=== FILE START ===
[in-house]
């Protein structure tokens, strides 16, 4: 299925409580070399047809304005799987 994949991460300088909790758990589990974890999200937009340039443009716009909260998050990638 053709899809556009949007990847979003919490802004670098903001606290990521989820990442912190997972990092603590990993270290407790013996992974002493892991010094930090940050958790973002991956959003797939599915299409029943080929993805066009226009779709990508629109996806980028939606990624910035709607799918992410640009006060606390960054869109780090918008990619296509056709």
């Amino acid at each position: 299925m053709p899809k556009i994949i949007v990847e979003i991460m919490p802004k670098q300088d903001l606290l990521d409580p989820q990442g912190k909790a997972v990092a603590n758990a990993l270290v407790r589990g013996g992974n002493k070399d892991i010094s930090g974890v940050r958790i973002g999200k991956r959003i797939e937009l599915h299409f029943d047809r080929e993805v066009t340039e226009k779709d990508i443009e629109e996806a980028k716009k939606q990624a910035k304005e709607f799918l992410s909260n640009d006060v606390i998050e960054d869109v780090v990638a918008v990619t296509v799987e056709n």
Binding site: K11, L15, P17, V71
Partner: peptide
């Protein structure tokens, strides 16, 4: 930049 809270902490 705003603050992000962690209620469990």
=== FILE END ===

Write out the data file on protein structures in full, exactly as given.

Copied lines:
[in-house]
């Protein structure tokens, strides 16, 4: 299925409580070399047809304005799987 994949991460300088909790758990589990974890999200937009340039443009716009909260998050990638 053709899809556009949007990847979003919490802004670098903001606290990521989820990442912190997972990092603590990993270290407790013996992974002493892991010094930090940050958790973002991956959003797939599915299409029943080929993805066009226009779709990508629109996806980028939606990624910035709607799918992410640009006060606390960054869109780090918008990619296509056709």
């Amino acid at each position: 299925m053709p899809k556009i994949i949007v990847e979003i991460m919490p802004k670098q300088d903001l606290l990521d409580p989820q990442g912190k909790a997972v990092a603590n758990a990993l270290v407790r589990g013996g992974n002493k070399d892991i010094s930090g974890v940050r958790i973002g999200k991956r959003i797939e937009l599915h299409f029943d047809r080929e993805v066009t340039e226009k779709d990508i443009e629109e996806a980028k716009k939606q990624a910035k304005e709607f799918l992410s909260n640009d006060v606390i998050e960054d869109v780090v990638a918008v990619t296509v799987e056709n």
Binding site: K11, L15, P17, V71
Partner: peptide
């Protein structure tokens, strides 16, 4: 930049 809270902490 705003603050992000962690209620469990």